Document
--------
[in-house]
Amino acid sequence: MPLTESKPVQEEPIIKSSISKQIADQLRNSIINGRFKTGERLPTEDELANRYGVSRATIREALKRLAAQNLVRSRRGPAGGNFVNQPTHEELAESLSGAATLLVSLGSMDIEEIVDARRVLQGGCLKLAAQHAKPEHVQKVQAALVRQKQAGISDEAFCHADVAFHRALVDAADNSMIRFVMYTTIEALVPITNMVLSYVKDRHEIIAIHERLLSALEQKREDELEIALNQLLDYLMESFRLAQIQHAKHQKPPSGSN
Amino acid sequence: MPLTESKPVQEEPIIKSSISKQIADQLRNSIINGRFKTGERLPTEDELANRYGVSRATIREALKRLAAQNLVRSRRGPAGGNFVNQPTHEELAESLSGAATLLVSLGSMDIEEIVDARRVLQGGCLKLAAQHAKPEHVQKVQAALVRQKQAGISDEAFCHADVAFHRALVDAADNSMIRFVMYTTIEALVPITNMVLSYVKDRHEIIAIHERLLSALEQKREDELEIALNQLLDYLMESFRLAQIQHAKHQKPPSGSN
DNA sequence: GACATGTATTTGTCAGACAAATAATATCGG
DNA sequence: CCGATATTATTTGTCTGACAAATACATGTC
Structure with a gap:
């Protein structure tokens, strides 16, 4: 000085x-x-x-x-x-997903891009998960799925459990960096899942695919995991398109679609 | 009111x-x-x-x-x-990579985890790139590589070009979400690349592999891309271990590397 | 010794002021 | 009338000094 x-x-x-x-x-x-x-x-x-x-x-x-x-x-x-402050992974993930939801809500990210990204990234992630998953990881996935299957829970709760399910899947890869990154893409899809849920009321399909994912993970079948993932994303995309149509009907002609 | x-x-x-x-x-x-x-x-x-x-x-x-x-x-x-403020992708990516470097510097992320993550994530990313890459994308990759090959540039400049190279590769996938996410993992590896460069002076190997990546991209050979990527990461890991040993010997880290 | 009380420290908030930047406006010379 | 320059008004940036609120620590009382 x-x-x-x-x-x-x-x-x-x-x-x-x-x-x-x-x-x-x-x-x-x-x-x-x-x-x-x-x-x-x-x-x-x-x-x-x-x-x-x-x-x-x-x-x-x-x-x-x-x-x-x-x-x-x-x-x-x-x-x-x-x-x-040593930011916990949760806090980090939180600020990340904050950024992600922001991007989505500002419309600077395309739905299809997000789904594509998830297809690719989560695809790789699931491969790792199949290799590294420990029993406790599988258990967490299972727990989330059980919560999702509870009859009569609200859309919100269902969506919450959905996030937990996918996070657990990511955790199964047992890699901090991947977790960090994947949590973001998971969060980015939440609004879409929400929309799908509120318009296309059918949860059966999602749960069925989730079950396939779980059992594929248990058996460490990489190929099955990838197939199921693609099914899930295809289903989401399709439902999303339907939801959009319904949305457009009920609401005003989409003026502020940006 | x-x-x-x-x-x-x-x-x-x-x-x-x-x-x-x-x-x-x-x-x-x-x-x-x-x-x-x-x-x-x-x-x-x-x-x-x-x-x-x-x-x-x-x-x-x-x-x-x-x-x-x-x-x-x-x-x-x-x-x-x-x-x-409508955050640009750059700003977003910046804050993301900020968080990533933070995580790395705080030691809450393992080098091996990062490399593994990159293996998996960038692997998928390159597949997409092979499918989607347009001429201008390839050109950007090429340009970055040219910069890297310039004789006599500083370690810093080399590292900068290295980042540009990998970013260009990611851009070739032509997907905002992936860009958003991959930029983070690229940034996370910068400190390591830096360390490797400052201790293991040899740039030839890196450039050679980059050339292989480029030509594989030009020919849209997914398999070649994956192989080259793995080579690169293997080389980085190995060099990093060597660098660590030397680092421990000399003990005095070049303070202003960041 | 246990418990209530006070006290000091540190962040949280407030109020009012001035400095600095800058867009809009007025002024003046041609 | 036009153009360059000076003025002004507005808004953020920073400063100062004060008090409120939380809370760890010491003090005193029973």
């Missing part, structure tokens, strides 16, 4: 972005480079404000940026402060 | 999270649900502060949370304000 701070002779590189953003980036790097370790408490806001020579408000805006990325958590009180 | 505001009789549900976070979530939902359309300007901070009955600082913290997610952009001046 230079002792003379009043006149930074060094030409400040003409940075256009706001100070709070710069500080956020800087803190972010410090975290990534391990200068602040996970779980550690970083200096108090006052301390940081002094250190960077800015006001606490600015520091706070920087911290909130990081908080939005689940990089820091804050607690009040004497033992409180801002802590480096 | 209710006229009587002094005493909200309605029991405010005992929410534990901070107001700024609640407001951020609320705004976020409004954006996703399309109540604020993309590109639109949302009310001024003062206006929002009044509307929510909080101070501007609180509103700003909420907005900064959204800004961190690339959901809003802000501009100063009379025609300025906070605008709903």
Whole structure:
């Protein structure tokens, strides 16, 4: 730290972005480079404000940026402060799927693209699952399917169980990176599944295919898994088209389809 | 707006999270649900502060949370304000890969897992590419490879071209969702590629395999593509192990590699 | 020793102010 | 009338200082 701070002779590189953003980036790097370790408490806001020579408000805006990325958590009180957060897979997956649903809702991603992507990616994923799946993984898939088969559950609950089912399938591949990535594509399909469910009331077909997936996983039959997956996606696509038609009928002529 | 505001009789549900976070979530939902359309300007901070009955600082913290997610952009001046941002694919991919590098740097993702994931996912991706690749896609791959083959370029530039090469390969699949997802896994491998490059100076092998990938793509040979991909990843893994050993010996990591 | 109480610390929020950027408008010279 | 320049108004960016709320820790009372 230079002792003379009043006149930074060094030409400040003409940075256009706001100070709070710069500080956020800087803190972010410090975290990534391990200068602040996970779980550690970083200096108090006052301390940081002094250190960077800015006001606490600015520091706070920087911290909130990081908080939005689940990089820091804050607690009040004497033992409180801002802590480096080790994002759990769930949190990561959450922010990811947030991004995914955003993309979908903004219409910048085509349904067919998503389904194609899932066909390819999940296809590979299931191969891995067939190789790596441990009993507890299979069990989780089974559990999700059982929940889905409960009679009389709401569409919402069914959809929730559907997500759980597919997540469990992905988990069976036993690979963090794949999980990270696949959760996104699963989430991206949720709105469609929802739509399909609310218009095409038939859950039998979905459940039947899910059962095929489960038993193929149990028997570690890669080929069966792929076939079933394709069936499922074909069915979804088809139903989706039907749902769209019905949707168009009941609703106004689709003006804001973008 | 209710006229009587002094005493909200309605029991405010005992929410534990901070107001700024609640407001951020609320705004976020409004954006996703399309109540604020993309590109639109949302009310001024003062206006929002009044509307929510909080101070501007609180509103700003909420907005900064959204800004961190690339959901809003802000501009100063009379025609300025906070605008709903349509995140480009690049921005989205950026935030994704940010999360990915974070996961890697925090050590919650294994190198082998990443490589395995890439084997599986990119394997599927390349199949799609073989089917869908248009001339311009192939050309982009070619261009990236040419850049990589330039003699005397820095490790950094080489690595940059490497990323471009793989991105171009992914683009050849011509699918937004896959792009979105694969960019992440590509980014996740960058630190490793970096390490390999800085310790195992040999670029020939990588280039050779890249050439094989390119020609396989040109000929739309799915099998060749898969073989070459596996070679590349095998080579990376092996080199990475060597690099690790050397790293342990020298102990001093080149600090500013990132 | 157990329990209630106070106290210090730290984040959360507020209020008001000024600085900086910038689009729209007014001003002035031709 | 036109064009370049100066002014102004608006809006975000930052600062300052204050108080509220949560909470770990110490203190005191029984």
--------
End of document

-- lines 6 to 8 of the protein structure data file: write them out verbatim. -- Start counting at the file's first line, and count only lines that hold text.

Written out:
Structure with a gap:
């Protein structure tokens, strides 16, 4: 000085x-x-x-x-x-997903891009998960799925459990960096899942695919995991398109679609 | 009111x-x-x-x-x-990579985890790139590589070009979400690349592999891309271990590397 | 010794002021 | 009338000094 x-x-x-x-x-x-x-x-x-x-x-x-x-x-x-402050992974993930939801809500990210990204990234992630998953990881996935299957829970709760399910899947890869990154893409899809849920009321399909994912993970079948993932994303995309149509009907002609 | x-x-x-x-x-x-x-x-x-x-x-x-x-x-x-403020992708990516470097510097992320993550994530990313890459994308990759090959540039400049190279590769996938996410993992590896460069002076190997990546991209050979990527990461890991040993010997880290 | 009380420290908030930047406006010379 | 320059008004940036609120620590009382 x-x-x-x-x-x-x-x-x-x-x-x-x-x-x-x-x-x-x-x-x-x-x-x-x-x-x-x-x-x-x-x-x-x-x-x-x-x-x-x-x-x-x-x-x-x-x-x-x-x-x-x-x-x-x-x-x-x-x-x-x-x-x-040593930011916990949760806090980090939180600020990340904050950024992600922001991007989505500002419309600077395309739905299809997000789904594509998830297809690719989560695809790789699931491969790792199949290799590294420990029993406790599988258990967490299972727990989330059980919560999702509870009859009569609200859309919100269902969506919450959905996030937990996918996070657990990511955790199964047992890699901090991947977790960090994947949590973001998971969060980015939440609004879409929400929309799908509120318009296309059918949860059966999602749960069925989730079950396939779980059992594929248990058996460490990489190929099955990838197939199921693609099914899930295809289903989401399709439902999303339907939801959009319904949305457009009920609401005003989409003026502020940006 | x-x-x-x-x-x-x-x-x-x-x-x-x-x-x-x-x-x-x-x-x-x-x-x-x-x-x-x-x-x-x-x-x-x-x-x-x-x-x-x-x-x-x-x-x-x-x-x-x-x-x-x-x-x-x-x-x-x-x-x-x-x-x-409508955050640009750059700003977003910046804050993301900020968080990533933070995580790395705080030691809450393992080098091996990062490399593994990159293996998996960038692997998928390159597949997409092979499918989607347009001429201008390839050109950007090429340009970055040219910069890297310039004789006599500083370690810093080399590292900068290295980042540009990998970013260009990611851009070739032509997907905002992936860009958003991959930029983070690229940034996370910068400190390591830096360390490797400052201790293991040899740039030839890196450039050679980059050339292989480029030509594989030009020919849209997914398999070649994956192989080259793995080579690169293997080389980085190995060099990093060597660098660590030397680092421990000399003990005095070049303070202003960041 | 246990418990209530006070006290000091540190962040949280407030109020009012001035400095600095800058867009809009007025002024003046041609 | 036009153009360059000076003025002004507005808004953020920073400063100062004060008090409120939380809370760890010491003090005193029973």
């Missing part, structure tokens, strides 16, 4: 972005480079404000940026402060 | 999270649900502060949370304000 701070002779590189953003980036790097370790408490806001020579408000805006990325958590009180 | 505001009789549900976070979530939902359309300007901070009955600082913290997610952009001046 230079002792003379009043006149930074060094030409400040003409940075256009706001100070709070710069500080956020800087803190972010410090975290990534391990200068602040996970779980550690970083200096108090006052301390940081002094250190960077800015006001606490600015520091706070920087911290909130990081908080939005689940990089820091804050607690009040004497033992409180801002802590480096 | 209710006229009587002094005493909200309605029991405010005992929410534990901070107001700024609640407001951020609320705004976020409004954006996703399309109540604020993309590109639109949302009310001024003062206006929002009044509307929510909080101070501007609180509103700003909420907005900064959204800004961190690339959901809003802000501009100063009379025609300025906070605008709903």